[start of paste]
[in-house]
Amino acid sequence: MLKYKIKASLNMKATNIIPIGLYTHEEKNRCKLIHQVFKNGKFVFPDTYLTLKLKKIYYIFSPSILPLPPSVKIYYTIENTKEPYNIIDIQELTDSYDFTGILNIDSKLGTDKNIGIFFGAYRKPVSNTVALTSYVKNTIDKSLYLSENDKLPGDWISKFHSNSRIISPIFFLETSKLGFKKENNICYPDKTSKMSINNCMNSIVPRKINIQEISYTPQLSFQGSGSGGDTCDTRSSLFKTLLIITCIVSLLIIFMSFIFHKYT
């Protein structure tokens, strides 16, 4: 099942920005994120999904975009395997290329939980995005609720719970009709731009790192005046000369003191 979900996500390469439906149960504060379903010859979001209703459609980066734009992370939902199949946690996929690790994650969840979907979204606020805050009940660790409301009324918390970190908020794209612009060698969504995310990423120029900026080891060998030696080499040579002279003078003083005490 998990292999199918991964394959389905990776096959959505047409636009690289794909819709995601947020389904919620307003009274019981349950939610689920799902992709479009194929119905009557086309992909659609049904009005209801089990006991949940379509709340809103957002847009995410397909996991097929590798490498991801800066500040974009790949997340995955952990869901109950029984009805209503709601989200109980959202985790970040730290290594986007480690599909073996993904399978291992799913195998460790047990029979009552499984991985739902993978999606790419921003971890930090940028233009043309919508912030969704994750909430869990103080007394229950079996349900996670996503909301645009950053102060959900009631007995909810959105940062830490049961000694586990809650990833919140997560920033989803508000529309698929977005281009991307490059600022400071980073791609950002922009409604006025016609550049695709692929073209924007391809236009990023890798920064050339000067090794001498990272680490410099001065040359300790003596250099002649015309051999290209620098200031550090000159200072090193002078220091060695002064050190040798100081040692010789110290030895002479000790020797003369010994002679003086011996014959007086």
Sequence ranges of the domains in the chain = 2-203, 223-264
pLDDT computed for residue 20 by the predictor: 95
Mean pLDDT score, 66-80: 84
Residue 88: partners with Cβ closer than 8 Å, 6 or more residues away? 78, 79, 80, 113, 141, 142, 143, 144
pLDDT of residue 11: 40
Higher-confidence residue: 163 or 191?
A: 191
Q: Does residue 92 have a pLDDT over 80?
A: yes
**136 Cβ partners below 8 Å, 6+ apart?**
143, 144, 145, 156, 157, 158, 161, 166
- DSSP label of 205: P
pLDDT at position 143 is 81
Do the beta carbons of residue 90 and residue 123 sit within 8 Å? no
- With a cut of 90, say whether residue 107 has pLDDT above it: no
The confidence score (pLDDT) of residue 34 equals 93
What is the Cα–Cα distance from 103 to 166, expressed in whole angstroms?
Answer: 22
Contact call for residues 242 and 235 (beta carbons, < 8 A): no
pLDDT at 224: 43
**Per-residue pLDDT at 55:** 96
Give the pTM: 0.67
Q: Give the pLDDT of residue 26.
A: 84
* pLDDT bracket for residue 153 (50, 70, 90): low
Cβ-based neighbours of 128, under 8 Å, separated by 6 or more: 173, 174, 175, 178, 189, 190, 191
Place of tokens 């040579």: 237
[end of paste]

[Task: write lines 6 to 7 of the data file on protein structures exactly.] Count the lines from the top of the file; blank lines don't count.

Mean pLDDT score, 66-80: 84
Residue 88: partners with Cβ closer than 8 Å, 6 or more residues away? 78, 79, 80, 113, 141, 142, 143, 144